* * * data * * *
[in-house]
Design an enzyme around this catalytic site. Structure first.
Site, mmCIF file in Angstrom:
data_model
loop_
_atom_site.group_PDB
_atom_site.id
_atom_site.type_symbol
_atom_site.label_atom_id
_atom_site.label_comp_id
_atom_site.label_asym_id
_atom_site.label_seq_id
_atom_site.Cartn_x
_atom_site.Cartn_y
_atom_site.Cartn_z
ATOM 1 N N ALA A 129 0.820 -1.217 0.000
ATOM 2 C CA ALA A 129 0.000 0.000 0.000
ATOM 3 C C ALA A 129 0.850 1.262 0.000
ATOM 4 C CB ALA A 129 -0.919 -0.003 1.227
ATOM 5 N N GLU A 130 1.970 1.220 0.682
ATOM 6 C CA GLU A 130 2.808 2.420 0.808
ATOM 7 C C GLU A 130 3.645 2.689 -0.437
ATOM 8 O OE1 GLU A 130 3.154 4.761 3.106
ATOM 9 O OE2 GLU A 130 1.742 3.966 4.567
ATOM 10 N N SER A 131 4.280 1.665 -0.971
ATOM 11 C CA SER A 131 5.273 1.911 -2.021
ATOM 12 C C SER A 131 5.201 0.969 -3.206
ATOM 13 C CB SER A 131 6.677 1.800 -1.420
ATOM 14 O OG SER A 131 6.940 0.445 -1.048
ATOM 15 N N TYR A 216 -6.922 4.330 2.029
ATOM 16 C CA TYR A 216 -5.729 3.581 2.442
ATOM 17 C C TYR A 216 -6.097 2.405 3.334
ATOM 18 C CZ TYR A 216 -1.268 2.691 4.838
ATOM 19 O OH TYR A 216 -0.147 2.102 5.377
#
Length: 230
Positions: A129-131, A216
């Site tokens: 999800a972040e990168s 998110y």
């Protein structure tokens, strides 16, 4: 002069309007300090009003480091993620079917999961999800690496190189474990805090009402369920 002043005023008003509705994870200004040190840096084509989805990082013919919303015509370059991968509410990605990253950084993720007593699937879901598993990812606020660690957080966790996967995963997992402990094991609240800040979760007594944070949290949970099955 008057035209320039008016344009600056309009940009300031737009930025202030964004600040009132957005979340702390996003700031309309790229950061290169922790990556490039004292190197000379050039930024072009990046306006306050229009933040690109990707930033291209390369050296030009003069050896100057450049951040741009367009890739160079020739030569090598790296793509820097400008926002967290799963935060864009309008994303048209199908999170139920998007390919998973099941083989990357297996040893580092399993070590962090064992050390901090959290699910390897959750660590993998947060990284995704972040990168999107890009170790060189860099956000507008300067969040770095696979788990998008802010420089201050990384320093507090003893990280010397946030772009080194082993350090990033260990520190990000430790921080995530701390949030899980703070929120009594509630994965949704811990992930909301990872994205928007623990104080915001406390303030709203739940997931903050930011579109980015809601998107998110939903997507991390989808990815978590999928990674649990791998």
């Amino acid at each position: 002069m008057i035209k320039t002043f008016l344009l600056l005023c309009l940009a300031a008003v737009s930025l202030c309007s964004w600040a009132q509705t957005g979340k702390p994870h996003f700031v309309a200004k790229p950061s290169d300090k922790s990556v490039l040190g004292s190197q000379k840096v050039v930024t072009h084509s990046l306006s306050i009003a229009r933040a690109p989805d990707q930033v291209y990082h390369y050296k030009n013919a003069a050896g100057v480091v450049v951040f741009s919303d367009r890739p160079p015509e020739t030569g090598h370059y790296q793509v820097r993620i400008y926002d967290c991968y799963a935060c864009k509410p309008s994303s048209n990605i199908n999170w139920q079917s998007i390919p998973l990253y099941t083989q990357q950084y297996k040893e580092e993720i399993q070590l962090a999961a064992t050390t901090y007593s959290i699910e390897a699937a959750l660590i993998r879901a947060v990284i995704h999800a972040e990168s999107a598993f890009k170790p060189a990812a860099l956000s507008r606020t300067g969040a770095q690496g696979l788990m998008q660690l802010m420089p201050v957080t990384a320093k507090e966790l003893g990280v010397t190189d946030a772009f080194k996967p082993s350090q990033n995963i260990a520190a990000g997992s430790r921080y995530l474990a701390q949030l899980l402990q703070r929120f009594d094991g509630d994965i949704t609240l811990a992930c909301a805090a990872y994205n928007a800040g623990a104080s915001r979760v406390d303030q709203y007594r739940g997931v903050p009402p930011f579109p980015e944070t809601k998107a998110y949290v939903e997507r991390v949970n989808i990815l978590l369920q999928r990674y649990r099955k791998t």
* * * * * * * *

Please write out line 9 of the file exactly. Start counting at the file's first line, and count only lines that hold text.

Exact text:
_atom_site.label_atom_id